- Tax Reduction Strategies – With the help of a professional CPA, business owners can take advantage of tax-free fringe benefits available to business entities. They can also prevent double taxation issues or plan how much they’ll pay in taxes by operating as an entity and by getting help from an accountant.
Documents Business Entities Should Have
Let’s say you’ve talked to your team of professionals. With everyone’s help, you’ve decided that you’re operating under the right type of business entity. Well, you’re not off the hook yet. No. You’ll need some documents for added personal and business protection. Here’s where a good attorney can help you.
A popular document within partnerships and corporations with multiple owners is a Partnership Agreement or an Operating Agreement. This document addresses how your company will deal with owner disagreements. It specifies who will fill which role and how the company will be managed. Additionally, it outlines how and where the company will handle lawsuits. Written with vast detail or in relatively simple terms, the agreement protects business owners should crisis ensue.
Additionally, many lawyers will recommend that their business owner clients draw-up a Buy-Sell Agreement. Whether you have multiple owners or majority and minority shareholders, you’re all working toward the eventual sale of the company. With this type of document, you can dictate how the company will be sold, for what minimum price it will sell, and under what arrangement it will sell. This agreement can also address what happens to the company in the event of an owner’s death or disability. While not required by law, if you’re building a company to sell it, the very title of the Buy-Sell Agreement seems to recommend its use.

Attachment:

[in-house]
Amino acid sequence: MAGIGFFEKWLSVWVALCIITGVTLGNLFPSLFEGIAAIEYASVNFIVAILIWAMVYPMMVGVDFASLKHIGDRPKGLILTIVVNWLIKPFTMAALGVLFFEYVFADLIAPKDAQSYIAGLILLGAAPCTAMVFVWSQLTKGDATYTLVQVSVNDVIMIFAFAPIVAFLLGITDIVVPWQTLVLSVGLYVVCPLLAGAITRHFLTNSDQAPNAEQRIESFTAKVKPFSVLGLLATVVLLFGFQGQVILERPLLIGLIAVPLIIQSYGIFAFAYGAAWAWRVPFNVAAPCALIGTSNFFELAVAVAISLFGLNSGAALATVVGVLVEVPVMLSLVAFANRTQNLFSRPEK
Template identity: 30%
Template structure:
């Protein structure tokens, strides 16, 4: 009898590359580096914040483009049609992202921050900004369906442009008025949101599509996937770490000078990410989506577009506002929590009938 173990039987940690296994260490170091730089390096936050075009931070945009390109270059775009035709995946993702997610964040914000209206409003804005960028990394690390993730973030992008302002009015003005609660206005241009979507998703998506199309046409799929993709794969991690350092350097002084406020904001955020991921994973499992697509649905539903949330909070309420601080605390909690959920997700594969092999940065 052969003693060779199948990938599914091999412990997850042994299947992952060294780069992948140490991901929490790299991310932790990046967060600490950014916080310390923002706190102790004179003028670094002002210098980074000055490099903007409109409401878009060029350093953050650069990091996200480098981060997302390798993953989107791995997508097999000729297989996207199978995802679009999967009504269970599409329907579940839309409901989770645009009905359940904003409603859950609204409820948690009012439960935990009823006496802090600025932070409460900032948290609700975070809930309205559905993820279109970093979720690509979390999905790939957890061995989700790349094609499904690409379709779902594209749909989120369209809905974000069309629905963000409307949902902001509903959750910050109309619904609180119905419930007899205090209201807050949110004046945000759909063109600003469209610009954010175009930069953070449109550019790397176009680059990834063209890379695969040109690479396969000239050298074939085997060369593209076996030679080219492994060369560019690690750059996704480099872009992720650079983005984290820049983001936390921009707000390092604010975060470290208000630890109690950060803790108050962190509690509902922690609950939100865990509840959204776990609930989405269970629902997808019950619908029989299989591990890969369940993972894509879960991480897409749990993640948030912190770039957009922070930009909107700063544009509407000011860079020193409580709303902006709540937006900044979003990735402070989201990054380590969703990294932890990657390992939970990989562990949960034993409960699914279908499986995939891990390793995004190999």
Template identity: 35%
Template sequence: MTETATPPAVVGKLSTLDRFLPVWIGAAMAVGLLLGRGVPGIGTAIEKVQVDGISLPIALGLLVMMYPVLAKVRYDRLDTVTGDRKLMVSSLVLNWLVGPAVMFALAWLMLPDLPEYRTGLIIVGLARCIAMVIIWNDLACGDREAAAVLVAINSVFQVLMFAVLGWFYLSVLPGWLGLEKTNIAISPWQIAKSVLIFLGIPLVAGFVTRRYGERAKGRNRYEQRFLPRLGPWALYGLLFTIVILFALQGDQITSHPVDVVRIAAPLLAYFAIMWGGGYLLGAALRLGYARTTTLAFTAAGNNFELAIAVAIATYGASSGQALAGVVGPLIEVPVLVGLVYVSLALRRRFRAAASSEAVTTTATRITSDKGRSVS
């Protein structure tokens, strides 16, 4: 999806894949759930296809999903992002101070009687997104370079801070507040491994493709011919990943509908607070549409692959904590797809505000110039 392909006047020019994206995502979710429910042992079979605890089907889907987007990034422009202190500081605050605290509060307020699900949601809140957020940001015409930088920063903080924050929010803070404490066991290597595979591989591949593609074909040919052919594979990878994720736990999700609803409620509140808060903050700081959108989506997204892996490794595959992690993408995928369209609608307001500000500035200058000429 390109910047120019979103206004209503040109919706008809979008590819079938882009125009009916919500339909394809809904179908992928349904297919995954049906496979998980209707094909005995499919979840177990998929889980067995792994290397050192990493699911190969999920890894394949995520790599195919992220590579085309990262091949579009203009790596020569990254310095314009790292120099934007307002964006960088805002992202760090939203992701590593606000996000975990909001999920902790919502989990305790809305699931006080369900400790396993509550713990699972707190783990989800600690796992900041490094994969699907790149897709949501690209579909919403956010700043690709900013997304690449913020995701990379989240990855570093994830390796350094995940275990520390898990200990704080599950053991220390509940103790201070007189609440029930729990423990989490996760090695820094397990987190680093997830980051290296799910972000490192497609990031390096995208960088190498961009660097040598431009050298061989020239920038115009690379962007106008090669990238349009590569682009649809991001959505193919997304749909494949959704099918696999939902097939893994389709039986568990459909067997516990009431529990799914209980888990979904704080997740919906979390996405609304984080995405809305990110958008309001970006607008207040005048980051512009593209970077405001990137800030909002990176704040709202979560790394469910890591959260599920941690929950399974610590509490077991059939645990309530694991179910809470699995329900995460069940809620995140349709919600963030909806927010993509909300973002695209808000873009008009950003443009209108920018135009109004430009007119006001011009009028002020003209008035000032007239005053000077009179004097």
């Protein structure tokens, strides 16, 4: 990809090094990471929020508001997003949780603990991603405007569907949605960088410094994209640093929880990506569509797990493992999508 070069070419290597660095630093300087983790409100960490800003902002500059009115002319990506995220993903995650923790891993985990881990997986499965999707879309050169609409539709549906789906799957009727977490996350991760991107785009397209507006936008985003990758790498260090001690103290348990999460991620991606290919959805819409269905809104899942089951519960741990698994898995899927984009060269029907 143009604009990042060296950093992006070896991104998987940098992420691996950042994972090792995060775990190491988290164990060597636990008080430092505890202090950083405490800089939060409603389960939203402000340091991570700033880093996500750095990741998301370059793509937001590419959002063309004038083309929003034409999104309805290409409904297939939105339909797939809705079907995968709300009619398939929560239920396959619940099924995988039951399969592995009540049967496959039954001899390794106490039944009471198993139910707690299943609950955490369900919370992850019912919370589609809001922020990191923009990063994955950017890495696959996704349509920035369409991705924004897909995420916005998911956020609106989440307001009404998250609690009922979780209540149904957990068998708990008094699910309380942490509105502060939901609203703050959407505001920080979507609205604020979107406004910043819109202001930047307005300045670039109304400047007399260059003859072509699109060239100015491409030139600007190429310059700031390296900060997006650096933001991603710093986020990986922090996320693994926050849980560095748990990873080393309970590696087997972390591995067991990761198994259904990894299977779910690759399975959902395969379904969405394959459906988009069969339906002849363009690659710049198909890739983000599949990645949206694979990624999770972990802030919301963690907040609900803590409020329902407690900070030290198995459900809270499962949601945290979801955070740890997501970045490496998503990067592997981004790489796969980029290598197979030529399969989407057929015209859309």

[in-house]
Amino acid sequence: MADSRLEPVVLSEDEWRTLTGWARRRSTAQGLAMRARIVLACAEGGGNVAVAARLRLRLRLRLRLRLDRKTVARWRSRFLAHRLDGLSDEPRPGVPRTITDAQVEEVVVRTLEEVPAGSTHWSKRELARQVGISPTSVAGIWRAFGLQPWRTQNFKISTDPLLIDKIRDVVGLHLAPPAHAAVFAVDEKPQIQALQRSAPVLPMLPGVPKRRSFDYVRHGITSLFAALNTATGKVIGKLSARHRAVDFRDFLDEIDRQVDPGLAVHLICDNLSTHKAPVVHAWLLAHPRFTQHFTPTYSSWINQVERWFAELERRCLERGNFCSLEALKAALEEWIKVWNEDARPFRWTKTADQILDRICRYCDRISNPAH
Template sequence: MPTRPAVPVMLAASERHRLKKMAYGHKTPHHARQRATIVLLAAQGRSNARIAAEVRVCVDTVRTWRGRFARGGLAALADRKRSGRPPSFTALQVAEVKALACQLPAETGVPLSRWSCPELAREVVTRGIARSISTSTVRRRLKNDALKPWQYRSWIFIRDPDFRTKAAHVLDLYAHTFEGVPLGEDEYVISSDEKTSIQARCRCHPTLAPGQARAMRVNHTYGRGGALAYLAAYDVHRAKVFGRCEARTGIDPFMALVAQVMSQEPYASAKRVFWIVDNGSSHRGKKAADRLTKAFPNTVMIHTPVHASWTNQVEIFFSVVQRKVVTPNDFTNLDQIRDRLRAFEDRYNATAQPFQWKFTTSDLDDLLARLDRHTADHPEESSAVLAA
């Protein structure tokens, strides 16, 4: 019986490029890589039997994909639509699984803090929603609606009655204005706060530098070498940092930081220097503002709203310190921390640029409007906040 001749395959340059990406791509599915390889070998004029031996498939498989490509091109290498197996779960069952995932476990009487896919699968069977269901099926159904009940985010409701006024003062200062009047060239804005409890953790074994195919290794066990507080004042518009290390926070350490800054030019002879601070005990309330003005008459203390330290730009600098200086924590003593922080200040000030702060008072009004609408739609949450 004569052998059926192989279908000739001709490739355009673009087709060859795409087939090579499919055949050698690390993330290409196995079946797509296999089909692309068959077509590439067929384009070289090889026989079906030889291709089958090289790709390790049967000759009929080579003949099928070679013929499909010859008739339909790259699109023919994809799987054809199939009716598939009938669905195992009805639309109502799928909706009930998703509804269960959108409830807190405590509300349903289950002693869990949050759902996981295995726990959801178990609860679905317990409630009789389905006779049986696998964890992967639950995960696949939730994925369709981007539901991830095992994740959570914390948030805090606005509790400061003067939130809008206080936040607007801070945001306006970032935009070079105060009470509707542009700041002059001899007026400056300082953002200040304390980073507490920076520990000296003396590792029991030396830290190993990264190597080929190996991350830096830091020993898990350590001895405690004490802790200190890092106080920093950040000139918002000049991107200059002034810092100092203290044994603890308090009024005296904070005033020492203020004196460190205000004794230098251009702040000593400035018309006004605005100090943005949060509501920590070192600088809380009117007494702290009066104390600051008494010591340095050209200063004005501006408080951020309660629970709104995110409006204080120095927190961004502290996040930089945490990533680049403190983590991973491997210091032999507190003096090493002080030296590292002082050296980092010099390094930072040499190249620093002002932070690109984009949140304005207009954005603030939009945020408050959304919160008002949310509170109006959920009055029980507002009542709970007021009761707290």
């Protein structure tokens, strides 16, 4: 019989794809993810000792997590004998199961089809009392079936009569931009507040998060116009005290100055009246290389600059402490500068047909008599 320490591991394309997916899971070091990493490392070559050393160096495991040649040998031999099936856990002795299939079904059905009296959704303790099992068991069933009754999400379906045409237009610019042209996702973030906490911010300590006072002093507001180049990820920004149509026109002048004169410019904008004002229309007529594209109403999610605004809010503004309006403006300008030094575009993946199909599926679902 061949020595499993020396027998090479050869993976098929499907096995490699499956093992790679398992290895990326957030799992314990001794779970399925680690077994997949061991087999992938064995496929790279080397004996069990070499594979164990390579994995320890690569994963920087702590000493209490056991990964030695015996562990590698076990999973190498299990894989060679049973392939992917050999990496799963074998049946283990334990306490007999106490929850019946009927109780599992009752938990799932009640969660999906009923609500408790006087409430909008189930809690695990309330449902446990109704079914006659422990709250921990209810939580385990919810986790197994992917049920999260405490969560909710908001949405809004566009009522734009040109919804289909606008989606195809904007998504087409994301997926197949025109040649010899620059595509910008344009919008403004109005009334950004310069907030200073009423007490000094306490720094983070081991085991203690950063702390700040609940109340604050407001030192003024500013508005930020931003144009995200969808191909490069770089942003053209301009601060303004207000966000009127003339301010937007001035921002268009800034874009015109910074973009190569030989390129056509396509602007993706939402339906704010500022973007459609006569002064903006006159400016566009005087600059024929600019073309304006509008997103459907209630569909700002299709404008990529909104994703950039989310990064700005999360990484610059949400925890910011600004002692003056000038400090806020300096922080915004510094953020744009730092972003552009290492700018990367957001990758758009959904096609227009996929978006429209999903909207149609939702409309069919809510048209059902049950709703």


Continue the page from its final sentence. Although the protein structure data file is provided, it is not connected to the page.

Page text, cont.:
ETA Entity Formation Records
So you’ve settled on an ETA Entity Formation type, now what types of records should you keep? In my experience, the following is the short-list of ETA Entity Formation Records you should keep:
- Selling stock shares
- Issuing stock shares
- Loaning the company money
- Borrowing money from the company
- Placing the company in debt
From legal issues to meeting minutes, you might want to write down anything that happens as it relates to the company’s operations. Consult books, CPA’s, lawyers, and other advisors out there to figure out what types of records your business needs to keep.
The last thing you want as a business owner is to find yourself destitute, trying to win a legal battle without protection and without documentation. Like I’ve mentioned in other posts, I’ve gone through legal battles in business. One of the things I’ve learned is that “he-said-she-said” doesn’t cut it a courtroom. Documents that everyone signed before turmoil arose will be what the attorneys and the judge peruse and use. Hearsay doesn’t win cases; evidence does.
The type of business entity you choose matters. The way you operate the entity and maintain records for the company will also matter. If you are as a part of your ETA in 30 Days journey looking to acquire a business on the road to getting your business ready to sell, you want to make sure that the business entity you ultimately choose is positioned to help you minimize your personal risks and tax liabilities. Not only that, but you want to know which documents you can put in place to make the business’s transition go smoother between you and the buyer or between company owners themselves and the buyer.